Shoppers bought ingredients needed for traditional holiday meals

Some traditions are shared among families and cultures

WEST SPRINGFIELD, Mass. (WWLP) – The last Sunday before Christmas was a busy shopping day, but it wasn’t just about the gifts: it was also about the food!

It wasn’t just an ordinary Sunday of grocery shopping. No, this day involved careful planning and joy in finding each food that would help carry on a holiday tradition.

“Getting the family together and drinking tomato juice,” Brenda Martell of West Springfield immediately responded when asked what her holiday tradition was. She was also getting the family’s annual ham and squash, but it was that tomato juice that made her Christmas experience different from others’ experience. “We’ve had it for years. My grandparents did it, my parents did it, so now we do it, every year,” Martell said.

Some traditions are shared among families and cultures. That’s why at the Big Y in West Springfield, seafood and meats were in high demand.

“The big popular items are the bone-in rib roast and spoon roast…A lot of shrimp. Definitely a lot of shrimp,” said Assistant Meat and Seafood Sales Manager Ryan Yarrows.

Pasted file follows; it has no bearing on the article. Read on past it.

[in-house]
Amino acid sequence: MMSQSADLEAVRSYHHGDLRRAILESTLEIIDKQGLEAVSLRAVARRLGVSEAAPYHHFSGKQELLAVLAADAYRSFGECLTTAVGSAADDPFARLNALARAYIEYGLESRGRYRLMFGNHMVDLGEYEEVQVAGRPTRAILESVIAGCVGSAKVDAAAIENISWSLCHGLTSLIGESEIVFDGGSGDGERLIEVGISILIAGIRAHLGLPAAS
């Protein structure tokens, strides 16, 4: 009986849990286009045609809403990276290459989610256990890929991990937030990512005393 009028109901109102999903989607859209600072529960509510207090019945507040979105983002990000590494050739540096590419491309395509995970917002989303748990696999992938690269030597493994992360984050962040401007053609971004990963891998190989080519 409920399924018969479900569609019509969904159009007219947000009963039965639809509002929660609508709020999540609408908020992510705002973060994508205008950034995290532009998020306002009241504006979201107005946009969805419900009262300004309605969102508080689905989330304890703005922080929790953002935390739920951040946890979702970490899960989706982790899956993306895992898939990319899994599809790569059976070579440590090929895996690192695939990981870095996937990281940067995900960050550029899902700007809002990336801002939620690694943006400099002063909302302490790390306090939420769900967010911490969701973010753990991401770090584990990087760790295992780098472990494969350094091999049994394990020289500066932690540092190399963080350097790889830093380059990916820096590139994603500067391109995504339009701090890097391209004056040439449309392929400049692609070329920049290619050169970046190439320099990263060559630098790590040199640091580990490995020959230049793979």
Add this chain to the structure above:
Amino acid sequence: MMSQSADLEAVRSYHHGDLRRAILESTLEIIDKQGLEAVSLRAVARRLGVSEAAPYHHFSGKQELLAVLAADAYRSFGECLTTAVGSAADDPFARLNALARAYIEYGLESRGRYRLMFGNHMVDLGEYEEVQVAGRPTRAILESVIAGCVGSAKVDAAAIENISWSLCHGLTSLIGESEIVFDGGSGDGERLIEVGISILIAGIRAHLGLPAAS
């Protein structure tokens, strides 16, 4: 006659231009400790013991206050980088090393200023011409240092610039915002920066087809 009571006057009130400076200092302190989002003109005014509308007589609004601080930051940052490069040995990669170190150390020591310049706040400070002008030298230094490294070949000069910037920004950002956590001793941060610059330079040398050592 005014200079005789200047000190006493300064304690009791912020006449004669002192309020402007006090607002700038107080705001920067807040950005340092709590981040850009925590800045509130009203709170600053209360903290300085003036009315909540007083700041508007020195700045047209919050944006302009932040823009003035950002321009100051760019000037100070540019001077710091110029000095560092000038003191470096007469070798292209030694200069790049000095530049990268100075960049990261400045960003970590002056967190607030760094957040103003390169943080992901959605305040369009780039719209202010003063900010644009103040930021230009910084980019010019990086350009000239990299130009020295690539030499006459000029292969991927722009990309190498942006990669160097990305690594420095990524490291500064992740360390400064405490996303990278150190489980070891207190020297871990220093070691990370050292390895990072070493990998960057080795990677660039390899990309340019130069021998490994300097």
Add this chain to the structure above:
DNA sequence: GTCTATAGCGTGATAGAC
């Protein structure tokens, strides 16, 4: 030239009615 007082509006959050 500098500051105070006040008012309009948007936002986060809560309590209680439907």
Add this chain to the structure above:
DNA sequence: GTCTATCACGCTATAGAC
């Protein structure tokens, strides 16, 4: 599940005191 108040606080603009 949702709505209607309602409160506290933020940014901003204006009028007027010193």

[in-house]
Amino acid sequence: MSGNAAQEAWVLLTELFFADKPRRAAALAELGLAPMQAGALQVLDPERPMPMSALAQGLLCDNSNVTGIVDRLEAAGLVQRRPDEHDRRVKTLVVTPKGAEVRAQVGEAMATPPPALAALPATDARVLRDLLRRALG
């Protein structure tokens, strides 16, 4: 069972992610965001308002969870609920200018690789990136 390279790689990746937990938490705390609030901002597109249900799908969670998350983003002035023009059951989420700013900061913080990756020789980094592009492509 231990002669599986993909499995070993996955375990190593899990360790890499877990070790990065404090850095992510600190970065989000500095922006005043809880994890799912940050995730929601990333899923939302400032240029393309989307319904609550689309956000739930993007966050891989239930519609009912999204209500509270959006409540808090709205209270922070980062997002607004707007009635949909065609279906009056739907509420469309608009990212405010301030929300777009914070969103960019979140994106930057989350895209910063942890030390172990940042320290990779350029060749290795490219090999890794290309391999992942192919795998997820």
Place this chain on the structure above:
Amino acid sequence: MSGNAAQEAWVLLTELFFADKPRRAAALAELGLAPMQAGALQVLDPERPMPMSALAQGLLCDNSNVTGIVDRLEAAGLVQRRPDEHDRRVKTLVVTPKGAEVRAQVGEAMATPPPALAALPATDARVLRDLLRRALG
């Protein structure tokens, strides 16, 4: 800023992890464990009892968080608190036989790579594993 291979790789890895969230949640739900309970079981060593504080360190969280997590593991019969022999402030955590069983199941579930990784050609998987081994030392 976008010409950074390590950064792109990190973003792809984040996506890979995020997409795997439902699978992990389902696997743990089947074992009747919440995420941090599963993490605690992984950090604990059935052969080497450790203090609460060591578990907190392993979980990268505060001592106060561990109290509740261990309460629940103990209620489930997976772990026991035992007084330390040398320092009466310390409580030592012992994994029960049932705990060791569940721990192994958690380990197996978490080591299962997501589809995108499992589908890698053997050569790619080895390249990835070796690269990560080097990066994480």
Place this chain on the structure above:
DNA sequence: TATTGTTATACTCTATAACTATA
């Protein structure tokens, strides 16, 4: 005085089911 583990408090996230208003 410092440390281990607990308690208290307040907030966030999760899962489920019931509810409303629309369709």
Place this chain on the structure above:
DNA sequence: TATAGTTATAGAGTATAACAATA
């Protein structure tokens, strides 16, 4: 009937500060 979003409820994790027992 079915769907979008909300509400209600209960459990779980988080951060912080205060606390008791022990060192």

Richard Dutton was waiting at the meat counter for his meat so he could make his annual prime rib. “Prime rib because it’s good and everybody looks forward to it every year…put the spices on it, and it goes around and around then when it’s almost done, I cut the strings and let the bones fall off and let the back get crisp and I just eat it,” Dutton told 22News.

Store Director Mike Messer told 22News people are looking for very specific ingredients this time of year, like saffron and real vanilla bean, for recipes they really only make once a year. Some left the baking to the busy bakers: it was their tradition to simply pick up the desserts.

Messer said it’s been busy but will get even busier before they close for Christmas. “It will be the day before Christmas Eve, the 23rd, generally is the busiest day. Everyone is getting all their last minute things,” he said. Then, he said, in the middle of the day on Christmas Eve, everyone is gone: they’re all home enjoying the traditions they worked so hard to preserve.

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